Olympia Redux – Recognition

If a judge decides to hear the case against the Olympia Food Co-op, brought against it by members who claim the organization broke its own rules in order to push through a boycott of Israeli goods, the procedural issues noted previously probably represent the plaintiff’s strongest argument. But other bylaw language that stipulates the co-op only “honor nationally recognized boycotts that are compatible with [the co-op’s] goals and mission statement” highlights another interesting point.

Like many legal matters, this issue rests on the definition of a single word, in this case the word “recognized.” Like so many words (my favorite being “caper” which can be a garnish, a robbery or a prancing walk), “recognized” has different meanings with important distinctions between definitions.

One can “recognize” something in the sense of knowing what it is when seeing it. But one also recognizes authority, leadership or authenticity which indicates that the recognized person or institution has established a significant level of legitimacy.

For example, if you look at this picture, most of your will “recognize” it as one of Sponge Bob Square Pants. But that’s a long way from claiming that since you “recognize” this character, that means you must “recognize” him as King of the High Seas, the CEO of General Motors or the Pope. The threshold for the first “weak” definition of recognition is simple familiarity. But the threshold for the second “strong” definition is a consensus agreement strong enough to establish fact. Thus Benedict XVI is recognized as the legitimate current Pope (even among people who might never recognize him if he walked down the street).

In the case of the anti-Israel boycott which is part of a wider BDS “movement,” no doubt many would recognize that such a political program exists. Indeed, given the fact that I’ve been writing about it 2-3 times a week for several years, I’m currently able to recognize this “movement” by its smell alone.

But to become “recognized” in the sense of establishing consensus around legitimacy, this would require that someone other than the proponents of such a “movement” have accepted its claims and embraced its goals. But as has been discussed here for years, practically no one who has been asked to provide such recognition and boycott or divest form Israel has done so, despite close to ten years of effort on the part of the BDSers.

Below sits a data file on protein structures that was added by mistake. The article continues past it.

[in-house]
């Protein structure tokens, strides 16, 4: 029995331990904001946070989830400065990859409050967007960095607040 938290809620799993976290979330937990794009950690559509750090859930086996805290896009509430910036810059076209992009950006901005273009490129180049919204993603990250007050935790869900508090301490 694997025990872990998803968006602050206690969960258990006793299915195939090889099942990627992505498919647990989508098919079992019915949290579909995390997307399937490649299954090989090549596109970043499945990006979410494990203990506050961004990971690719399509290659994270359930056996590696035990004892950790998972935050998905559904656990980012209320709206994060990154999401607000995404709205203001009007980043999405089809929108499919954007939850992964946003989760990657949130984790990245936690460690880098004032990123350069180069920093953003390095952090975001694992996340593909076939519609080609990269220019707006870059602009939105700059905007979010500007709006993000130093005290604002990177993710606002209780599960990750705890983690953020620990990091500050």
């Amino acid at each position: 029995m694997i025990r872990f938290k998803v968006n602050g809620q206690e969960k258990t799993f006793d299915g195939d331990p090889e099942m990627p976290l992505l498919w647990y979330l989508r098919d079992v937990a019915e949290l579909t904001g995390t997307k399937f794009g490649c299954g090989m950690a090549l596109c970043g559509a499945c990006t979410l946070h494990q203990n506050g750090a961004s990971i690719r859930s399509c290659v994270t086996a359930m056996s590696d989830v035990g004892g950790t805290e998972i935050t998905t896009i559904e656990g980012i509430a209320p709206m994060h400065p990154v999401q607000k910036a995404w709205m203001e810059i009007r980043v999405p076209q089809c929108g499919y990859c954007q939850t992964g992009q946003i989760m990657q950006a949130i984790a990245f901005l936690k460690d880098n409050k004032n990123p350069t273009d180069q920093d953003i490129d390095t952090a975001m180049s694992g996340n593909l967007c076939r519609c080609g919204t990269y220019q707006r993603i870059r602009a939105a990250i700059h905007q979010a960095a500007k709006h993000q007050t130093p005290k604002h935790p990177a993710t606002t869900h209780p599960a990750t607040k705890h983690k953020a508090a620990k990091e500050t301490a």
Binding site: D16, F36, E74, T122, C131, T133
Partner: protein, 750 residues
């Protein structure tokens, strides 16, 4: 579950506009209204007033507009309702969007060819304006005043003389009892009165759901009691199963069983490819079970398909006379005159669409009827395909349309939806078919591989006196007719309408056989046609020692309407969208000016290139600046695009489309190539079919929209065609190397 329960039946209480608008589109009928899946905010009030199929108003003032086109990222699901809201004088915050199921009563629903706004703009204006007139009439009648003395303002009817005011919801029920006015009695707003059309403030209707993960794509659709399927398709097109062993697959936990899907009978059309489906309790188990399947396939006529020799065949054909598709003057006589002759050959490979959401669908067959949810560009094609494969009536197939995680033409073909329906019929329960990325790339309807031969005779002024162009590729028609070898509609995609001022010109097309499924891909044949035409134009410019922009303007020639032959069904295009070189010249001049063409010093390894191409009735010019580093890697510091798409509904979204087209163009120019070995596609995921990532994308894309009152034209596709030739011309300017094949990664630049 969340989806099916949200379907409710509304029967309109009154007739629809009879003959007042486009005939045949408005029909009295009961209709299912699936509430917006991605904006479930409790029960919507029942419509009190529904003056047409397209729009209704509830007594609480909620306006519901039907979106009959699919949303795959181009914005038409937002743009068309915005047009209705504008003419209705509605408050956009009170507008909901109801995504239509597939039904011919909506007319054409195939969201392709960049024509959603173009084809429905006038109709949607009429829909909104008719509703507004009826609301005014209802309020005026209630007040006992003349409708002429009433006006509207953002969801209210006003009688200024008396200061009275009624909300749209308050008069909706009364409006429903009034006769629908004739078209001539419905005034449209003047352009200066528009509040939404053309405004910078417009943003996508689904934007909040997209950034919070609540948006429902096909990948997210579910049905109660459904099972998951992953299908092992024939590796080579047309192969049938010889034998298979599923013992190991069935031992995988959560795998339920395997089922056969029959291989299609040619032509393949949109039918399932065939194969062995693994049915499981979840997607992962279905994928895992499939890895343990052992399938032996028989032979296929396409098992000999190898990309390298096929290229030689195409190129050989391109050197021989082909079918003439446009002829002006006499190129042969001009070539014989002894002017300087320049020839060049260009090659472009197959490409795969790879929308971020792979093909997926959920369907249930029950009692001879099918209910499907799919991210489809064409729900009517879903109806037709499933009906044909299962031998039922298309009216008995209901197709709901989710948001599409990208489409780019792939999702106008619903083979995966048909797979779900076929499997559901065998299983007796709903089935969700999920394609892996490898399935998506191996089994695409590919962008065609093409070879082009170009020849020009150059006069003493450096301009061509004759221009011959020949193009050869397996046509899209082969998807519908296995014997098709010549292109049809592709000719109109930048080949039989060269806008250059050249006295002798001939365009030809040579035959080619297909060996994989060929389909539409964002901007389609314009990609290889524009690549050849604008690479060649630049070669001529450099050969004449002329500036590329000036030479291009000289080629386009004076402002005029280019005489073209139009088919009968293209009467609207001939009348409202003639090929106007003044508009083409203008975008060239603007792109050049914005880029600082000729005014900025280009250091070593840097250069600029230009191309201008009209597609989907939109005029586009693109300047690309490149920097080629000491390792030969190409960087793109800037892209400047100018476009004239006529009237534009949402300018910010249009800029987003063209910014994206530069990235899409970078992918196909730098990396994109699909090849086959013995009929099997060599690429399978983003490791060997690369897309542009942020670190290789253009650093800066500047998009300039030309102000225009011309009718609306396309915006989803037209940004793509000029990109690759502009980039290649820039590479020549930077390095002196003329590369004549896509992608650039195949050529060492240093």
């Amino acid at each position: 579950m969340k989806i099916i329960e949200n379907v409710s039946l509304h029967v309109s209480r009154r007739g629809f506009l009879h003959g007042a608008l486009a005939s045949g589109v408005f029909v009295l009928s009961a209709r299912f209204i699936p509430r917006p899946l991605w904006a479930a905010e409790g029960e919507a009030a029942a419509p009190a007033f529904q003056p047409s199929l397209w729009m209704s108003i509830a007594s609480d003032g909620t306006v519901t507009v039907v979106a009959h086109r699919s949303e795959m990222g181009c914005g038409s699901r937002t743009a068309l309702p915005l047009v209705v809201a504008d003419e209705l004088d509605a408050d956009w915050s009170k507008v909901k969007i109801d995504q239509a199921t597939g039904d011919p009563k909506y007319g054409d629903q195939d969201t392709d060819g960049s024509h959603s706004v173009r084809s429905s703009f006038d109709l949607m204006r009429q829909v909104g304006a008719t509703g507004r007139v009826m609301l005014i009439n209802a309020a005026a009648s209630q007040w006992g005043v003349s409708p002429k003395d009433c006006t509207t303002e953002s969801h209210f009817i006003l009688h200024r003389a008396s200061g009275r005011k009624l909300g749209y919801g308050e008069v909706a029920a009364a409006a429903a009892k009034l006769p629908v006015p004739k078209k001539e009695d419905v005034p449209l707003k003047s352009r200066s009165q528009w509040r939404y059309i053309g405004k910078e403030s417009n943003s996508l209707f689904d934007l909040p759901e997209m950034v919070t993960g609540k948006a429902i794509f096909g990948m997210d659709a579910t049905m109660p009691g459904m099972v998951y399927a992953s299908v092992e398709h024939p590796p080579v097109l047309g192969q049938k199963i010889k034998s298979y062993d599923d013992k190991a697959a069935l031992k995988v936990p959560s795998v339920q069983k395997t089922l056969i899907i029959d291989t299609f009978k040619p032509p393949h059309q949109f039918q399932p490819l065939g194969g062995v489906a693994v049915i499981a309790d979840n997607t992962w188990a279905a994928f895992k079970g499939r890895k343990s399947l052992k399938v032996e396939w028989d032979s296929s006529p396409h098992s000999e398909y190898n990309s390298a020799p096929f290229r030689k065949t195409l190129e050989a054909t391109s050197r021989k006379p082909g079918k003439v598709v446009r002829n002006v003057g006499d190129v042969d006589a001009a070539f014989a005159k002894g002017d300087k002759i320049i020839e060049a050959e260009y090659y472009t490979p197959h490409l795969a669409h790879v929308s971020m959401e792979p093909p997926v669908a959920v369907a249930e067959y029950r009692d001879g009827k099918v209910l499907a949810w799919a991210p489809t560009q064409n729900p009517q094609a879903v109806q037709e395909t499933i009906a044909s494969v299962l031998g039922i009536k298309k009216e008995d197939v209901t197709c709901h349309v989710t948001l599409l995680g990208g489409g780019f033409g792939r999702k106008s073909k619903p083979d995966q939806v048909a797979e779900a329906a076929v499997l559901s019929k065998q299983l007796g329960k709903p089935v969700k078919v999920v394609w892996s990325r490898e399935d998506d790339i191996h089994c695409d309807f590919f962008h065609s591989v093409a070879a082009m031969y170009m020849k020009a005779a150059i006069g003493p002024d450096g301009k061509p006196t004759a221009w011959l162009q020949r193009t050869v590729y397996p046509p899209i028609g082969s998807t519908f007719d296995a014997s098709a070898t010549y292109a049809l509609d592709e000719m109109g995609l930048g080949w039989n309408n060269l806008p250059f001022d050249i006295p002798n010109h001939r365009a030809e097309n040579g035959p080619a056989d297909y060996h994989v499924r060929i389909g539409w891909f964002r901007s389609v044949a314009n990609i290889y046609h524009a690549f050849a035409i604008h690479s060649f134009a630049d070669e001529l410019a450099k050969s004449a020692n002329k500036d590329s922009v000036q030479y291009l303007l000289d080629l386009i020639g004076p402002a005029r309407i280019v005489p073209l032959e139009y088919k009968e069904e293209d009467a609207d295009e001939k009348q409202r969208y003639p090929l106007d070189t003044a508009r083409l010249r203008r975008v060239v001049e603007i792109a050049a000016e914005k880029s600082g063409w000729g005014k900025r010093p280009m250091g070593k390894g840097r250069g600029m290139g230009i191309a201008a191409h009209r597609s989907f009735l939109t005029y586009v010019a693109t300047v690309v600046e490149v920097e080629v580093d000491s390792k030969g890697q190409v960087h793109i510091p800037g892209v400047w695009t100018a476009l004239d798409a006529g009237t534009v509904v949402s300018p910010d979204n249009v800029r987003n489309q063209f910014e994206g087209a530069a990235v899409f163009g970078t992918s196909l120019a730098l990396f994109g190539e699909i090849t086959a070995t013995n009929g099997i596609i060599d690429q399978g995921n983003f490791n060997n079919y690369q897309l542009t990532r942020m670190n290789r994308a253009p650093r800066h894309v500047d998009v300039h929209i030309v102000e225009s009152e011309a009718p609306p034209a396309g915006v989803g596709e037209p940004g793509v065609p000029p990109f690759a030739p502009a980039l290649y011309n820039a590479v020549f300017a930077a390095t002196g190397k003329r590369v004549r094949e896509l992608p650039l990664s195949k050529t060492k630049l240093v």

Leaders of colleges and universities, churches, cities and towns, financial firms, retailers and unions (i.e., the people with decision making power regarding whom to boycott or divest from) have all rejected requests to participate in BDS (many of them several times). In fact, because institutional rejection is now anticipated by those calling for boycott and divestment, BDS advocates have decided to stop asking and simply pretend these institutions have joined their cause (resulting in a series of BDS hoaxes over the last 2-3 years).

Even among those who are not responsible for divestment decisions, the majority opinion on BDS is a rejection of its premises and tactics. For example, while the BDSers may be able to point to 1-2 instances where student groups have voted in favor of divestment (such as Evergreen College in Olympia Washington), these cases are dwarfed by rejection of divestment by many more students at places such as Berkeley or Harvard and MIT (where anti-divestment petitions outdrew pro-divestment ones by a margin of ten to one).

In fact, among all institutions targeted by BDS, none have gone further to establish the lack of “recognition” of the BDS movement, its tactics and goals than food co-ops. Outside of Olympia, every other co-op that has been asked to boycott Israeli goods has refused to do so. And not only have they rejected it within the framework of an open debate and discussion denied to members of the Olympia Co-op community, they have also performed the heavy lifting research to establish that anti-Israel boycotts contradict the very founding principles of the co-op movement itself (called the Rochdale Principles).

In other words, the only reason people “recognize” the BDS movement in the weak sense of that term (i.e., simply having heard of it) is because the BDSers themselves make a lot of noise. But recognition in the strong sense, i.e., recognition that BDS has established legitimacy beyond simply those advocating for it, is nowhere to be seen (especially in the world of food cooperatives).

Again, it will take a court to determine whether this argument regarding how recognition is defined holds any water. But at the very least, this part of the case against the Olympia Food Co-op lays bare the vast gulf between what the boycotters believe to be true and right and what the vast majority of the rest of us know to be false and nasty.

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